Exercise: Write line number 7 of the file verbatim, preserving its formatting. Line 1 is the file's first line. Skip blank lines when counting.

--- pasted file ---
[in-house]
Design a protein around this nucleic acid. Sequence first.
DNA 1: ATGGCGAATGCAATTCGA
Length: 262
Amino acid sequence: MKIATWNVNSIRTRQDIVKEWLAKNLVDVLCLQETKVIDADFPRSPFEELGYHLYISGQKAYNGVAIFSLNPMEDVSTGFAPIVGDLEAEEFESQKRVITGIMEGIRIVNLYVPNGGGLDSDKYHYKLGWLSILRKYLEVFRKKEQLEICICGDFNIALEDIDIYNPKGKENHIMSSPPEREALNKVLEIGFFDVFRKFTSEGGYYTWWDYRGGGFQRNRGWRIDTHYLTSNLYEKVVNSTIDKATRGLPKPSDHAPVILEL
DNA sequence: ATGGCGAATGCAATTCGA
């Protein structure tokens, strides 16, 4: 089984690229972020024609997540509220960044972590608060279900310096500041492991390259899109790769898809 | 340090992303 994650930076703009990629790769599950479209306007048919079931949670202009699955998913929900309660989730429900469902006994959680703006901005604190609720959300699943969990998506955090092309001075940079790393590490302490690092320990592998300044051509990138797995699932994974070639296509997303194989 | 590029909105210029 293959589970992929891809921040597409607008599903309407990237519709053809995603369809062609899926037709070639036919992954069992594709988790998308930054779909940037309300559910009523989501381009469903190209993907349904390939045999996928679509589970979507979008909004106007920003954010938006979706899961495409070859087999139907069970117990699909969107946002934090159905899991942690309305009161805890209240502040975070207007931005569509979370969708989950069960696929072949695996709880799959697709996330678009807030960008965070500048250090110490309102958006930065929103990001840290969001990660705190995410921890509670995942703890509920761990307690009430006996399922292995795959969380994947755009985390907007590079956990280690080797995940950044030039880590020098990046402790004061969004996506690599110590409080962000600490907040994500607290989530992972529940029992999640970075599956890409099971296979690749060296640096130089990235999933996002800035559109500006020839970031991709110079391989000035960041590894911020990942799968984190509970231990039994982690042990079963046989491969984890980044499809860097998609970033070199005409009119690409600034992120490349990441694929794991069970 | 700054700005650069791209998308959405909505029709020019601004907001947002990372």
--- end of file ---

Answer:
């Protein structure tokens, strides 16, 4: 089984690229972020024609997540509220960044972590608060279900310096500041492991390259899109790769898809 | 340090992303 994650930076703009990629790769599950479209306007048919079931949670202009699955998913929900309660989730429900469902006994959680703006901005604190609720959300699943969990998506955090092309001075940079790393590490302490690092320990592998300044051509990138797995699932994974070639296509997303194989 | 590029909105210029 293959589970992929891809921040597409607008599903309407990237519709053809995603369809062609899926037709070639036919992954069992594709988790998308930054779909940037309300559910009523989501381009469903190209993907349904390939045999996928679509589970979507979008909004106007920003954010938006979706899961495409070859087999139907069970117990699909969107946002934090159905899991942690309305009161805890209240502040975070207007931005569509979370969708989950069960696929072949695996709880799959697709996330678009807030960008965070500048250090110490309102958006930065929103990001840290969001990660705190995410921890509670995942703890509920761990307690009430006996399922292995795959969380994947755009985390907007590079956990280690080797995940950044030039880590020098990046402790004061969004996506690599110590409080962000600490907040994500607290989530992972529940029992999640970075599956890409099971296979690749060296640096130089990235999933996002800035559109500006020839970031991709110079391989000035960041590894911020990942799968984190509970231990039994982690042990079963046989491969984890980044499809860097998609970033070199005409009119690409600034992120490349990441694929794991069970 | 700054700005650069791209998308959405909505029709020019601004907001947002990372």